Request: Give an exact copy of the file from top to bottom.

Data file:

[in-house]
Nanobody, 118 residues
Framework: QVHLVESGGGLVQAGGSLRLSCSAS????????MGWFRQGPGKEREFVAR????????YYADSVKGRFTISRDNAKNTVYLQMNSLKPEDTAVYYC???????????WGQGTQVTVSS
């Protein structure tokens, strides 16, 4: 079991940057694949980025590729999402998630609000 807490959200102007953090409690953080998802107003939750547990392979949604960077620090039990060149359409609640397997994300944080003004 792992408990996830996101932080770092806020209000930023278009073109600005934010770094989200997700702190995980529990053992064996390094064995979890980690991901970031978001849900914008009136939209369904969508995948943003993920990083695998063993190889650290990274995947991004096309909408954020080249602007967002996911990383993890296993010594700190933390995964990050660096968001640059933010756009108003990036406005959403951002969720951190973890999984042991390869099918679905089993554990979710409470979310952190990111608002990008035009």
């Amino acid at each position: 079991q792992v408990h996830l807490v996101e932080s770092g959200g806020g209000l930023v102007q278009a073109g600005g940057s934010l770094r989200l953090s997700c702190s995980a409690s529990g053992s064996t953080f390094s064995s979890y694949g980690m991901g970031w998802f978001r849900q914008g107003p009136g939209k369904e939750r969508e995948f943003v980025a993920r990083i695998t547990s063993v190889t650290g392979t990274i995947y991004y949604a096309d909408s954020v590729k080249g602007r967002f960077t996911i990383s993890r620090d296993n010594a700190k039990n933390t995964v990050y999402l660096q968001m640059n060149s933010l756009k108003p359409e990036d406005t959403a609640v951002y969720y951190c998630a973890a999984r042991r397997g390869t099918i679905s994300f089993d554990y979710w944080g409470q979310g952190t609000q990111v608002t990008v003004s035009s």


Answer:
[in-house]
Nanobody, 118 residues
Framework: QVHLVESGGGLVQAGGSLRLSCSAS????????MGWFRQGPGKEREFVAR????????YYADSVKGRFTISRDNAKNTVYLQMNSLKPEDTAVYYC???????????WGQGTQVTVSS
């Protein structure tokens, strides 16, 4: 079991940057694949980025590729999402998630609000 807490959200102007953090409690953080998802107003939750547990392979949604960077620090039990060149359409609640397997994300944080003004 792992408990996830996101932080770092806020209000930023278009073109600005934010770094989200997700702190995980529990053992064996390094064995979890980690991901970031978001849900914008009136939209369904969508995948943003993920990083695998063993190889650290990274995947991004096309909408954020080249602007967002996911990383993890296993010594700190933390995964990050660096968001640059933010756009108003990036406005959403951002969720951190973890999984042991390869099918679905089993554990979710409470979310952190990111608002990008035009």
């Amino acid at each position: 079991q792992v408990h996830l807490v996101e932080s770092g959200g806020g209000l930023v102007q278009a073109g600005g940057s934010l770094r989200l953090s997700c702190s995980a409690s529990g053992s064996t953080f390094s064995s979890y694949g980690m991901g970031w998802f978001r849900q914008g107003p009136g939209k369904e939750r969508e995948f943003v980025a993920r990083i695998t547990s063993v190889t650290g392979t990274i995947y991004y949604a096309d909408s954020v590729k080249g602007r967002f960077t996911i990383s993890r620090d296993n010594a700190k039990n933390t995964v990050y999402l660096q968001m640059n060149s933010l756009k108003p359409e990036d406005t959403a609640v951002y969720y951190c998630a973890a999984r042991r397997g390869t099918i679905s994300f089993d554990y979710w944080g409470q979310g952190t609000q990111v608002t990008v003004s035009s």